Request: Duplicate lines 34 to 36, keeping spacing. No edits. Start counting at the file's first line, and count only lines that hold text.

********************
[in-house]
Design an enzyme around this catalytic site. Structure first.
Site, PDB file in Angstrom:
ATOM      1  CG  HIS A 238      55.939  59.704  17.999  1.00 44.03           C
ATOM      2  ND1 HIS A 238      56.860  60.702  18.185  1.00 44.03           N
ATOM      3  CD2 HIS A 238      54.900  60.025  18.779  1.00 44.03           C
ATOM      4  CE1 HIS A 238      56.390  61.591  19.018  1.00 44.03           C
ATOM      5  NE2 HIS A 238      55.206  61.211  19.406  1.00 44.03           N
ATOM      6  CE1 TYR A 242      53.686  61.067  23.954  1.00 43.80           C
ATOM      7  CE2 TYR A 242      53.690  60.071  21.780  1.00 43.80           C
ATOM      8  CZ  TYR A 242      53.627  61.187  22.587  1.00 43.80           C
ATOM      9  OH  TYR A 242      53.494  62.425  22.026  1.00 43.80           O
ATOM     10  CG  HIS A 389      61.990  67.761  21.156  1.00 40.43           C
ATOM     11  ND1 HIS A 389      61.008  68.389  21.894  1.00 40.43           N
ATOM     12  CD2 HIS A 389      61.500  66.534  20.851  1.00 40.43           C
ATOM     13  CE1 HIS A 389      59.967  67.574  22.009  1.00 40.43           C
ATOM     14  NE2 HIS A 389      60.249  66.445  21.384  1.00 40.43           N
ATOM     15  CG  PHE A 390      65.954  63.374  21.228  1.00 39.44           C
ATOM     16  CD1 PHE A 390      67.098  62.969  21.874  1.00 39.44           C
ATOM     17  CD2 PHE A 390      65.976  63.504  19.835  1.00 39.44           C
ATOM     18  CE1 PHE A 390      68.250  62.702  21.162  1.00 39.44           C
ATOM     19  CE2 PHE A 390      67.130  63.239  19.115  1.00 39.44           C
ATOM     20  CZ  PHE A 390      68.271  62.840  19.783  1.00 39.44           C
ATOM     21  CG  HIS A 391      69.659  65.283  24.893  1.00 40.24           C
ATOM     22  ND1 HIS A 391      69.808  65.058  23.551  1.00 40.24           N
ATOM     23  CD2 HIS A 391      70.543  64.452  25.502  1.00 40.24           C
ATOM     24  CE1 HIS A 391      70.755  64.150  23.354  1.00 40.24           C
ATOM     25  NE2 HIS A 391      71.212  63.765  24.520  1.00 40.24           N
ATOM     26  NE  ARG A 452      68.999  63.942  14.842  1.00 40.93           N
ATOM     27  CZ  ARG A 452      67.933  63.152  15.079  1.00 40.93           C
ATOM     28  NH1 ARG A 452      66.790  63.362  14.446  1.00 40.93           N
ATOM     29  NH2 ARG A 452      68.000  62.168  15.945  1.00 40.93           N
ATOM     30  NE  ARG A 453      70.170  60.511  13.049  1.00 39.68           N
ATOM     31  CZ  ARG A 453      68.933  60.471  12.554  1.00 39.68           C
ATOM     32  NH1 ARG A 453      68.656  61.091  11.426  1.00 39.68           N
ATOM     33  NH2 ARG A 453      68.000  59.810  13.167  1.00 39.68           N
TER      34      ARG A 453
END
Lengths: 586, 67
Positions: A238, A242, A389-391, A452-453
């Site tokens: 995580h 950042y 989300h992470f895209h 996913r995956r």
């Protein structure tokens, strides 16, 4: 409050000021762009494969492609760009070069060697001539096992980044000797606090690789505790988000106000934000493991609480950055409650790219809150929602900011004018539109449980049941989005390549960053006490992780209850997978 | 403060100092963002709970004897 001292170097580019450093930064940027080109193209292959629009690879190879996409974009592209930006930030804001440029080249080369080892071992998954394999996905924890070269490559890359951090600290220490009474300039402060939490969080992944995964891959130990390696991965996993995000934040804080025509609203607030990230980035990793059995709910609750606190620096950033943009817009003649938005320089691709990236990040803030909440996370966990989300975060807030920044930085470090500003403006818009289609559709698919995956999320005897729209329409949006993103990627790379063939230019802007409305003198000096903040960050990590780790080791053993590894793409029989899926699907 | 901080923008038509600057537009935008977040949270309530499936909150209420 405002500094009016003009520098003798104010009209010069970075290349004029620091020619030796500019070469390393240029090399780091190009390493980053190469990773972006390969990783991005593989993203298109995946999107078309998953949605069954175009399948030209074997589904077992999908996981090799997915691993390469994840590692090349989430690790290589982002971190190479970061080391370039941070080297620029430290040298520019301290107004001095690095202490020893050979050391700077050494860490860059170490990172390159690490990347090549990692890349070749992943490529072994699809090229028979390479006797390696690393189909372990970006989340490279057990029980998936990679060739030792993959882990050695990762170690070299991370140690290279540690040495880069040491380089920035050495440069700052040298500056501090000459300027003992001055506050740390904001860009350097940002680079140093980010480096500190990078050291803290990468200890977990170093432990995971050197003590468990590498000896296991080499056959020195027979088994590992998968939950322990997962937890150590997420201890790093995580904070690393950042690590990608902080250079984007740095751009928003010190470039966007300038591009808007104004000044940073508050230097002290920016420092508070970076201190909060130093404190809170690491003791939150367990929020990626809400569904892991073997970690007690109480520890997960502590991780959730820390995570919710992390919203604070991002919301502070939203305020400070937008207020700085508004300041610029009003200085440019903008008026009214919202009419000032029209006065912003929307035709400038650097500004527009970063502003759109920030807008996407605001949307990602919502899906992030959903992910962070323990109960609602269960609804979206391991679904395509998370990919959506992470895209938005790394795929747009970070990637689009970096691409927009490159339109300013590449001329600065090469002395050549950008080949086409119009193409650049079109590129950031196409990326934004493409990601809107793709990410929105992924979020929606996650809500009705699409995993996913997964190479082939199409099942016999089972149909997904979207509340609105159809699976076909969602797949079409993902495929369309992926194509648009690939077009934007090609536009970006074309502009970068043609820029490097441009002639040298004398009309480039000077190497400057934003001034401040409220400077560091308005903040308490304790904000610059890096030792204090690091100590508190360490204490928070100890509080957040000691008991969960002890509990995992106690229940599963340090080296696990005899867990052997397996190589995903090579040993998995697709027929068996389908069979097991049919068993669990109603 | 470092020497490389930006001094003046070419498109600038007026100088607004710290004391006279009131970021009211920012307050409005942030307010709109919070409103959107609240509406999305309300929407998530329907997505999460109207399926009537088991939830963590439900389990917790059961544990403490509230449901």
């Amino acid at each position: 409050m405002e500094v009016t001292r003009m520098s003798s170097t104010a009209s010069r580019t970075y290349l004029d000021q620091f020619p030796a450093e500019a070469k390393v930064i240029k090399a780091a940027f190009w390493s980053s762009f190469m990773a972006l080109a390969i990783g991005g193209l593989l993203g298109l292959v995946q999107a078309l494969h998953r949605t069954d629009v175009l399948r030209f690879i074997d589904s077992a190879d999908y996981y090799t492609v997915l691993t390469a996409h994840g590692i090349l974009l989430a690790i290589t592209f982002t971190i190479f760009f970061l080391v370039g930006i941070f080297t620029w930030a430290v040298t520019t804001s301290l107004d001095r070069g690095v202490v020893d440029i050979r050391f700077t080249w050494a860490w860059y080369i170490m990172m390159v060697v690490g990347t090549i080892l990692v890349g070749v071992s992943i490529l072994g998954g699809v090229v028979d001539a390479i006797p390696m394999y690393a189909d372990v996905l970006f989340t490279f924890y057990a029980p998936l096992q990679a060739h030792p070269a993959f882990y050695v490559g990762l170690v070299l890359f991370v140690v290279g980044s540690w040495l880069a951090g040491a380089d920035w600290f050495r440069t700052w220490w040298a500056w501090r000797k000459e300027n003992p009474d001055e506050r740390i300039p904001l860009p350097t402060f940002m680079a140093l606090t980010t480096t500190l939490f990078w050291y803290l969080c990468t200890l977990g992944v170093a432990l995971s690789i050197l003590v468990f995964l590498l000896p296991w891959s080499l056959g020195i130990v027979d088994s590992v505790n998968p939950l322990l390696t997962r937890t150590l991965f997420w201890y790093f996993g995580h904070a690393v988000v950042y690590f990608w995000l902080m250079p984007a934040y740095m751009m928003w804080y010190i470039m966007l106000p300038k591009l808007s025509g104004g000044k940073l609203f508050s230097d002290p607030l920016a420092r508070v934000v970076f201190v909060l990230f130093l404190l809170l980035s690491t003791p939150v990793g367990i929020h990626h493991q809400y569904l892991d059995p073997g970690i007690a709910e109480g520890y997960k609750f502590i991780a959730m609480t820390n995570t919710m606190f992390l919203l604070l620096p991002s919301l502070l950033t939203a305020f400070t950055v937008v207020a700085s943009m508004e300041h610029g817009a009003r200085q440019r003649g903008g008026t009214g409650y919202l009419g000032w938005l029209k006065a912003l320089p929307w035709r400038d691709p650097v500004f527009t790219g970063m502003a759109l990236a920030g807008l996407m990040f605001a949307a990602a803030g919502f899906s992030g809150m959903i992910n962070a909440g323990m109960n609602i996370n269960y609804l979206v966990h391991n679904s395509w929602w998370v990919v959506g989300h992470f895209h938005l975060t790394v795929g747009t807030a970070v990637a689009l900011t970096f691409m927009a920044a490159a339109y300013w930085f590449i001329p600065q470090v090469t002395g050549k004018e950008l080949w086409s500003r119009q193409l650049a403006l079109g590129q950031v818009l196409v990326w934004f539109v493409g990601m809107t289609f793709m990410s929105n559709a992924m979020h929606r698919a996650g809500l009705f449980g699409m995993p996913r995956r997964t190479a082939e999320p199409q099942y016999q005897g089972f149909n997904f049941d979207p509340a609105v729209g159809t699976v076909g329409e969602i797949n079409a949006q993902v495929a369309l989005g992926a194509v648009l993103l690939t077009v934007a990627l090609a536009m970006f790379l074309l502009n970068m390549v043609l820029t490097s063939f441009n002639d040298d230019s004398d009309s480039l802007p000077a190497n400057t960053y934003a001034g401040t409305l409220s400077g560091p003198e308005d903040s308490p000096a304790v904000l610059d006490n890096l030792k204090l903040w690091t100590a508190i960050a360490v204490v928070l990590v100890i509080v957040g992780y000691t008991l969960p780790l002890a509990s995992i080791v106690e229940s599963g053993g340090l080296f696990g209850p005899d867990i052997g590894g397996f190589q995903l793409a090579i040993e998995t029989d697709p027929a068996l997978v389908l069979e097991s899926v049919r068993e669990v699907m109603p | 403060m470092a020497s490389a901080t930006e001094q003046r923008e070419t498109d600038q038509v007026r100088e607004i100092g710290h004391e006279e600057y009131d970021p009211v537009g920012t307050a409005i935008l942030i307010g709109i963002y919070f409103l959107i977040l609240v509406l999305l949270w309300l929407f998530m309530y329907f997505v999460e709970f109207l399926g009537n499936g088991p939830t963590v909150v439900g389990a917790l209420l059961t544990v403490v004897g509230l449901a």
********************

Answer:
ATOM     31  CZ  ARG A 453      68.933  60.471  12.554  1.00 39.68           C
ATOM     32  NH1 ARG A 453      68.656  61.091  11.426  1.00 39.68           N
ATOM     33  NH2 ARG A 453      68.000  59.810  13.167  1.00 39.68           N